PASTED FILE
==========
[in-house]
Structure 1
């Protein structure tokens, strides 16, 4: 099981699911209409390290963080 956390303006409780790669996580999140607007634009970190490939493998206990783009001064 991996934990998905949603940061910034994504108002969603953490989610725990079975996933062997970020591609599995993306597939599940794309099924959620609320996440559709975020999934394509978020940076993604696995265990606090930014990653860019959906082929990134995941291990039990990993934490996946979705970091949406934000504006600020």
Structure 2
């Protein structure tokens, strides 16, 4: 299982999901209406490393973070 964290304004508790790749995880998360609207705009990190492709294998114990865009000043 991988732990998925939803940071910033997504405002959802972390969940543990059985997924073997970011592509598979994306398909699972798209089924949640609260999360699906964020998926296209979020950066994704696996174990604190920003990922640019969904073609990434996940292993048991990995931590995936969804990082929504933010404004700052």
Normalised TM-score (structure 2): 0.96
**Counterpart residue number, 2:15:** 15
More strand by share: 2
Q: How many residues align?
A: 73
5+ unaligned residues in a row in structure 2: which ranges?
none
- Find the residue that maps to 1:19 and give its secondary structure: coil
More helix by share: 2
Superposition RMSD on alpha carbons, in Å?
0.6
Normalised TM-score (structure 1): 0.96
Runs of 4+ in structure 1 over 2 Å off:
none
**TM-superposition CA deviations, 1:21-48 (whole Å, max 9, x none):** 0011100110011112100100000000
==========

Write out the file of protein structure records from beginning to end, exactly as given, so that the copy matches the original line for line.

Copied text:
[in-house]
Structure 1
């Protein structure tokens, strides 16, 4: 099981699911209409390290963080 956390303006409780790669996580999140607007634009970190490939493998206990783009001064 991996934990998905949603940061910034994504108002969603953490989610725990079975996933062997970020591609599995993306597939599940794309099924959620609320996440559709975020999934394509978020940076993604696995265990606090930014990653860019959906082929990134995941291990039990990993934490996946979705970091949406934000504006600020």
Structure 2
């Protein structure tokens, strides 16, 4: 299982999901209406490393973070 964290304004508790790749995880998360609207705009990190492709294998114990865009000043 991988732990998925939803940071910033997504405002959802972390969940543990059985997924073997970011592509598979994306398909699972798209089924949640609260999360699906964020998926296209979020950066994704696996174990604190920003990922640019969904073609990434996940292993048991990995931590995936969804990082929504933010404004700052």
Normalised TM-score (structure 2): 0.96
**Counterpart residue number, 2:15:** 15
More strand by share: 2
Q: How many residues align?
A: 73
5+ unaligned residues in a row in structure 2: which ranges?
none
- Find the residue that maps to 1:19 and give its secondary structure: coil
More helix by share: 2
Superposition RMSD on alpha carbons, in Å?
0.6
Normalised TM-score (structure 1): 0.96
Runs of 4+ in structure 1 over 2 Å off:
none
**TM-superposition CA deviations, 1:21-48 (whole Å, max 9, x none):** 0011100110011112100100000000